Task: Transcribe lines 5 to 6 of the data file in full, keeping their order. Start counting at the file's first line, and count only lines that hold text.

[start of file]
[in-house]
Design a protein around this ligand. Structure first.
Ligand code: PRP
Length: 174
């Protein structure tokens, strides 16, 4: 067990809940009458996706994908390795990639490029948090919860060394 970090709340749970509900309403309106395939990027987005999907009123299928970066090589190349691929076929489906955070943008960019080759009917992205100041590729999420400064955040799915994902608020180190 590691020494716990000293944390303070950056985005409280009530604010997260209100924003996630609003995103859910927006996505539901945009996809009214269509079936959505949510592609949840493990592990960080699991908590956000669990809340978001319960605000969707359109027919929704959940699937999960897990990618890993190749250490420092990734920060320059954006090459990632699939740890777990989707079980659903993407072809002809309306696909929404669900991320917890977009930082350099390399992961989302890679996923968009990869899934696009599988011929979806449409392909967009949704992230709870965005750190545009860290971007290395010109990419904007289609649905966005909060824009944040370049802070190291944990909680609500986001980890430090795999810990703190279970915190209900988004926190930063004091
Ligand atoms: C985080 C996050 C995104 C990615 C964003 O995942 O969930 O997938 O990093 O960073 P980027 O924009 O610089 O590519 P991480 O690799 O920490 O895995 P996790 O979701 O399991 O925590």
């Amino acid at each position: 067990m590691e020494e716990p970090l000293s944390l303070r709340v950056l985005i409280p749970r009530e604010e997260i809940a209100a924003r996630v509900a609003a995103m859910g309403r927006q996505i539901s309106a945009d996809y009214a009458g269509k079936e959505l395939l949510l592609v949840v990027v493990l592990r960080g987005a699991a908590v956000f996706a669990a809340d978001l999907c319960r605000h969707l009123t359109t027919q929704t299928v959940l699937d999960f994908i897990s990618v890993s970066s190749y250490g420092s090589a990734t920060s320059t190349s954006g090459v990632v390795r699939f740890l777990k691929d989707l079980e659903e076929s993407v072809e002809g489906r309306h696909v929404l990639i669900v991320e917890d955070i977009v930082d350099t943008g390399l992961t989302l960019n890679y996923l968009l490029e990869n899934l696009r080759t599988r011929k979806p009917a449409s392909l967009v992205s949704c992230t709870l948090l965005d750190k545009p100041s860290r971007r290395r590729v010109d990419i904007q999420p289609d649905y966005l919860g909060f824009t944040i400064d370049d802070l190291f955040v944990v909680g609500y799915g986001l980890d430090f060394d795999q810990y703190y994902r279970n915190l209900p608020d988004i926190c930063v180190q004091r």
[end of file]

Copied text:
């Protein structure tokens, strides 16, 4: 067990809940009458996706994908390795990639490029948090919860060394 970090709340749970509900309403309106395939990027987005999907009123299928970066090589190349691929076929489906955070943008960019080759009917992205100041590729999420400064955040799915994902608020180190 590691020494716990000293944390303070950056985005409280009530604010997260209100924003996630609003995103859910927006996505539901945009996809009214269509079936959505949510592609949840493990592990960080699991908590956000669990809340978001319960605000969707359109027919929704959940699937999960897990990618890993190749250490420092990734920060320059954006090459990632699939740890777990989707079980659903993407072809002809309306696909929404669900991320917890977009930082350099390399992961989302890679996923968009990869899934696009599988011929979806449409392909967009949704992230709870965005750190545009860290971007290395010109990419904007289609649905966005909060824009944040370049802070190291944990909680609500986001980890430090795999810990703190279970915190209900988004926190930063004091
Ligand atoms: C985080 C996050 C995104 C990615 C964003 O995942 O969930 O997938 O990093 O960073 P980027 O924009 O610089 O590519 P991480 O690799 O920490 O895995 P996790 O979701 O399991 O925590």